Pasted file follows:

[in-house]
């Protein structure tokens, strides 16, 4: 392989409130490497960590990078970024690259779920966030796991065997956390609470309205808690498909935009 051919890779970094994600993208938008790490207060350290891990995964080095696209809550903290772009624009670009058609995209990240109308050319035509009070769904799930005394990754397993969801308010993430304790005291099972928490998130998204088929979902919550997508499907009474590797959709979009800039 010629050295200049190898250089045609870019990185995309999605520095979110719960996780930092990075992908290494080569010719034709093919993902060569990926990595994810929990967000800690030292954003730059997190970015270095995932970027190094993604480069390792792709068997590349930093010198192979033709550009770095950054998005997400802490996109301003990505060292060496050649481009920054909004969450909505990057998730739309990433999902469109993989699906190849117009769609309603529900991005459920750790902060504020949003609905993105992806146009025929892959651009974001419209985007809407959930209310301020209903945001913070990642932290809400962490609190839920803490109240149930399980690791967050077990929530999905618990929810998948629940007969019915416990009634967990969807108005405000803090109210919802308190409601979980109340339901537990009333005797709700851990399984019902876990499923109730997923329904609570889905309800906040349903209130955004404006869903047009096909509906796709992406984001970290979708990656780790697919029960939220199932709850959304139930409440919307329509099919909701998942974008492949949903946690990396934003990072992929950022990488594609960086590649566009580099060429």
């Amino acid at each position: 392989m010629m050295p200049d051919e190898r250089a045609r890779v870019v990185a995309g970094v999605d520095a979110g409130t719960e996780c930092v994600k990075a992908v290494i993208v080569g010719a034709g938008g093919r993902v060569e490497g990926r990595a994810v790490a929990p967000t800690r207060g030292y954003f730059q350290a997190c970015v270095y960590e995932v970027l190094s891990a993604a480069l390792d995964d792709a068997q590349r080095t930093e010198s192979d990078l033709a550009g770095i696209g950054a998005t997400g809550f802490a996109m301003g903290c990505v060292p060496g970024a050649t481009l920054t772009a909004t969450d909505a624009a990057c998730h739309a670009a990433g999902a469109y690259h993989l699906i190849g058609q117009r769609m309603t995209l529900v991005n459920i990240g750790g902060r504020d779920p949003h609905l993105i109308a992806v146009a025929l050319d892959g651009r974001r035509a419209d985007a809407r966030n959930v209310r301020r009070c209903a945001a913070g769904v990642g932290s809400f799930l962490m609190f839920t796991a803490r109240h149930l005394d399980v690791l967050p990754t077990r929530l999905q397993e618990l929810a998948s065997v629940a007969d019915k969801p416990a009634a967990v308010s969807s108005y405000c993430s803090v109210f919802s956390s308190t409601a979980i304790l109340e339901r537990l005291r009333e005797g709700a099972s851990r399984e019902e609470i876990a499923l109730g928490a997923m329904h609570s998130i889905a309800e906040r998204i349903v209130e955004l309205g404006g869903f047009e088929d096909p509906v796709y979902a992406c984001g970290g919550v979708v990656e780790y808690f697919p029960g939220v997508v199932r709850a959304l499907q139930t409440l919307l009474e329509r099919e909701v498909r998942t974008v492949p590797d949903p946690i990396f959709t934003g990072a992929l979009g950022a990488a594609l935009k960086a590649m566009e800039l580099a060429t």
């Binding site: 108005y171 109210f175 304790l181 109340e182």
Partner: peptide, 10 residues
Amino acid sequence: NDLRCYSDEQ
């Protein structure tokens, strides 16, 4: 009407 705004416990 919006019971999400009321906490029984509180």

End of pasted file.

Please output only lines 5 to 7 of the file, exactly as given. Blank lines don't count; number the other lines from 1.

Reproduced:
Partner: peptide, 10 residues
Amino acid sequence: NDLRCYSDEQ
């Protein structure tokens, strides 16, 4: 009407 705004416990 919006019971999400009321906490029984509180």